Blog Post

Synagogue Project Sparks Neighborhood's Revitalization

At the far end of a long, narrow commercial street in the Mattancherry section of Kochi (formerly known as Cochin), in the southern Indian state of Kerala, is Paradesi Synagogue. This remarkable building is the oldest synagogue in India and the British Commonwealth. It's also the only remaining active synagogue in Kochi, which for over a thousand years had a thriving Jewish population and seven houses of worship.

On a recent visit, this place was absolutely bustling with school groups and tourists. It was a building unlike any other I've been in, a curious amalgam of styles and objects, including 18th-century hand-painted Chinese porcelain floor tiles (featured in Salman Rushdie's The Moor's Last Sigh), 10th-century copper plates written in Tamil, early-20th-century glass chandeliers from Belgium, and a rug from Hailie Selassie. Ancient gravestones in Hebrew script are dotted around the walls of the inner courtyard.

But perhaps the most striking feature of the synagogue complex is the 18th-century clock tower (pictured), which WMF restored between 2001 and 2006. It once had four clocks, one on each side, but only three remain. Each face is in a different script: the Roman-lettered clock faces the street, the Hebrew one faces into the courtyard of the synagogue, and the one in Malayalam (the local language) faces the former palace of the maharajas.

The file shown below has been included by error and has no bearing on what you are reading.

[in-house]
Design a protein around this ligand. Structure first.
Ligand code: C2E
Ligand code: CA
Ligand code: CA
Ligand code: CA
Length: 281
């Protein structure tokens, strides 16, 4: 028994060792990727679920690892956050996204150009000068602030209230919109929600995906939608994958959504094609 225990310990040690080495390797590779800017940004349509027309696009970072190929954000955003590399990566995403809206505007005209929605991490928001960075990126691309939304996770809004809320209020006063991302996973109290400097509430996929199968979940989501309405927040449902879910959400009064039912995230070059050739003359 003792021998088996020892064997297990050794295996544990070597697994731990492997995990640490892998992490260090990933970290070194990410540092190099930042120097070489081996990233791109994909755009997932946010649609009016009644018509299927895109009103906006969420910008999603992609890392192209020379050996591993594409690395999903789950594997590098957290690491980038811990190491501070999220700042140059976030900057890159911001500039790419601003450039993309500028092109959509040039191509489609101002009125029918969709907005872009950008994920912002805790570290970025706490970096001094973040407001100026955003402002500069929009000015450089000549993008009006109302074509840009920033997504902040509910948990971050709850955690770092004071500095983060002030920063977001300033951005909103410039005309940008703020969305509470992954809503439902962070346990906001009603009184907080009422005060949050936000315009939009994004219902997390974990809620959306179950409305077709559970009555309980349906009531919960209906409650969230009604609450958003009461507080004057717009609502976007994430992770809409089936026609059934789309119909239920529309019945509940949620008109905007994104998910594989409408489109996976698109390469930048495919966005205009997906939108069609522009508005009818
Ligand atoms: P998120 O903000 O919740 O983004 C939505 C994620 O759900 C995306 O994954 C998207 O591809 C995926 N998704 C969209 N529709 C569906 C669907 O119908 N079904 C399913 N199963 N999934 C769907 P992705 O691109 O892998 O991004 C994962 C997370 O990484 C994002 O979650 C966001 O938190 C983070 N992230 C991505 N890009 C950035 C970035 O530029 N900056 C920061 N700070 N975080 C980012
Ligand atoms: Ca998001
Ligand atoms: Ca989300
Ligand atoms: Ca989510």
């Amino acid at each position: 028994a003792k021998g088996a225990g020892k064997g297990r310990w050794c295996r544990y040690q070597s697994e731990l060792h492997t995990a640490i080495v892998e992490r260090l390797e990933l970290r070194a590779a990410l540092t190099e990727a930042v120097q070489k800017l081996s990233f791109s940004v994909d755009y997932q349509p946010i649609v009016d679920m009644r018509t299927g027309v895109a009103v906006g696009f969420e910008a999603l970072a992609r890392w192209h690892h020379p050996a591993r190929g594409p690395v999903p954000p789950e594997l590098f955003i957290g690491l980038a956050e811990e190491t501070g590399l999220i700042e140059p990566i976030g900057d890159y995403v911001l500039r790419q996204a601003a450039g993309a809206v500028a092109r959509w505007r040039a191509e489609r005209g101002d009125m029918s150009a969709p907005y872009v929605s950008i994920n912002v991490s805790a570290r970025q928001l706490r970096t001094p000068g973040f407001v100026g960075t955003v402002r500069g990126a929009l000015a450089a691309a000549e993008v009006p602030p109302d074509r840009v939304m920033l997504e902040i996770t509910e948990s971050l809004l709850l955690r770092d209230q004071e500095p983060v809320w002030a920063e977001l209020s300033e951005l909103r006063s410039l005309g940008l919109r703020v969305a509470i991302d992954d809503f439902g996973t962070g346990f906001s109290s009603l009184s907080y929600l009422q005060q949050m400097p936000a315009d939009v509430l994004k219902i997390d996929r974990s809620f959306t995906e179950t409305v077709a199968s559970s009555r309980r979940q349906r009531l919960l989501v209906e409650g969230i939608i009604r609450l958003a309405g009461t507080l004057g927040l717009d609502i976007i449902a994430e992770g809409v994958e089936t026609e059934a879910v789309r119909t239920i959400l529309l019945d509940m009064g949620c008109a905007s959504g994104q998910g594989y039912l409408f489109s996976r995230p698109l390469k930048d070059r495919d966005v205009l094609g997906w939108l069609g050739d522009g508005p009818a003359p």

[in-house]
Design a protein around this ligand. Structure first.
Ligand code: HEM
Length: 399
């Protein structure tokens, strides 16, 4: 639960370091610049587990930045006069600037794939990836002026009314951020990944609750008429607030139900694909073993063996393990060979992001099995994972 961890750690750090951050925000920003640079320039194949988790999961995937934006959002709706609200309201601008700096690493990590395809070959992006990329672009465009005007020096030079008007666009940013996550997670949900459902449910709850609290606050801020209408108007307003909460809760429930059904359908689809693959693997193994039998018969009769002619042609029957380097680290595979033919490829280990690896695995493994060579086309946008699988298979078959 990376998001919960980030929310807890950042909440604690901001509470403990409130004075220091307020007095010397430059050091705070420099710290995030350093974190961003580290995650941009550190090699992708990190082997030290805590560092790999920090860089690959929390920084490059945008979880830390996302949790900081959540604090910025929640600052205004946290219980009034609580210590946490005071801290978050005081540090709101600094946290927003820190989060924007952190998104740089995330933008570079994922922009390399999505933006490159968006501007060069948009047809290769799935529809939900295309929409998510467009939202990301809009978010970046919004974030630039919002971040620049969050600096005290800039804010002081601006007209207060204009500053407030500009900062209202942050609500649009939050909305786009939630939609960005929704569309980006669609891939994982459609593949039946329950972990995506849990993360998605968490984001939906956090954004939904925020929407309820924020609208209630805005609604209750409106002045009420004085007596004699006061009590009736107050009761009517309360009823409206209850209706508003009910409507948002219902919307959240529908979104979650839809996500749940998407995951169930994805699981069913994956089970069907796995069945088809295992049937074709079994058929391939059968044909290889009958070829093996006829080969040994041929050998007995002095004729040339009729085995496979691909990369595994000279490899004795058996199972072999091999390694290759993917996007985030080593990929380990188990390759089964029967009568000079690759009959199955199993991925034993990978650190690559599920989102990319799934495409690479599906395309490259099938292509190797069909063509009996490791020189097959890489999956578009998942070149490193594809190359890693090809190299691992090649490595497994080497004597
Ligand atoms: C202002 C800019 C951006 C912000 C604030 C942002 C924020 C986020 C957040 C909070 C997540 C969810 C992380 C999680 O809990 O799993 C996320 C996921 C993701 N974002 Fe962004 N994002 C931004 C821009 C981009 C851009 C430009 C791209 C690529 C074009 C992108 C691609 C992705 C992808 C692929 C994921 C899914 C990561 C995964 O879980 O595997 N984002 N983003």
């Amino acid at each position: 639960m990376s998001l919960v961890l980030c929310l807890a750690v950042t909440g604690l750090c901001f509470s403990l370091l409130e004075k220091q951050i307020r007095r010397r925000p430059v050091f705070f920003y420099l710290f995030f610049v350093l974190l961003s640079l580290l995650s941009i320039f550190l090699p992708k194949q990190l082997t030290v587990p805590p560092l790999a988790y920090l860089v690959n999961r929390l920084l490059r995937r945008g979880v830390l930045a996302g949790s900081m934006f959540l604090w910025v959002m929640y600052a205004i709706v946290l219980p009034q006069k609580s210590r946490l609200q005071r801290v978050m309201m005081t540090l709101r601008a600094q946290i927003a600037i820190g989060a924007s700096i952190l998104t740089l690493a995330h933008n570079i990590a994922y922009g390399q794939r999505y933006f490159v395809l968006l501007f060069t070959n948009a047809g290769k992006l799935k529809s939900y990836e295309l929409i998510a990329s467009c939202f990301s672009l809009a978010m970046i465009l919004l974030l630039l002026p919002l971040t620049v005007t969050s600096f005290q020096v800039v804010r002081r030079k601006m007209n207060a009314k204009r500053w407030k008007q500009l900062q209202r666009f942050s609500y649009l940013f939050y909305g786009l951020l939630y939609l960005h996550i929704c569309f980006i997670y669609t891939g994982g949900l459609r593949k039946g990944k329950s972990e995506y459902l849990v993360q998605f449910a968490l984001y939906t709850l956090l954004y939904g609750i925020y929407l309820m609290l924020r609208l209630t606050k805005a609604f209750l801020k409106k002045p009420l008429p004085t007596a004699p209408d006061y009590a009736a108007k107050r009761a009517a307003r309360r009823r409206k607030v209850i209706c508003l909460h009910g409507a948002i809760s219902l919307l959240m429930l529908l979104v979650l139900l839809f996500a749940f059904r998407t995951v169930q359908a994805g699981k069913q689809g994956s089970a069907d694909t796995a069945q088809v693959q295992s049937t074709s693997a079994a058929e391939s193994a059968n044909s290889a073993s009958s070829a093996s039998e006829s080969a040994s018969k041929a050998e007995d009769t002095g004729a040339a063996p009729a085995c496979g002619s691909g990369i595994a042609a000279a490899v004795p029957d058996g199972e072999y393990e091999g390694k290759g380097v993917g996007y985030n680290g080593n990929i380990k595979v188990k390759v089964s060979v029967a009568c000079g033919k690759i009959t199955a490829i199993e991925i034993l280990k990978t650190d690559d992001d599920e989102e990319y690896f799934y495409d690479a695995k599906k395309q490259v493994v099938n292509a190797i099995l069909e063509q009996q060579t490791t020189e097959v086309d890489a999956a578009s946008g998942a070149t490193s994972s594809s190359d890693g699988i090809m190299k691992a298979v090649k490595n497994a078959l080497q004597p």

With few Jews left to take care of this synagogue (many moved to Israel after that country's founding in 1948; some 52 remain in Kerala, and of that number scarcely more than a dozen are in Kochi), the building had significantly declined by the 1990s, when WMF stepped in and identified it as one the priority projects of its Jewish Heritage Program, helping to revitalize not just the synagogue, but this entire neighborhood where many of Kochi's Jews once lived.

The historic cores of Fort Cochin and neighboring Mattancherry are a fascinating mix of cultures. This blend is evident in the architecture, food, and people. Kochi was one of my favorite stops on my trip to India and Paradesi Synagogue was one of the highlights of that visit. Without WMF's help, the synagogue might very well have become a crumbling place forgotten by everyone but the locals.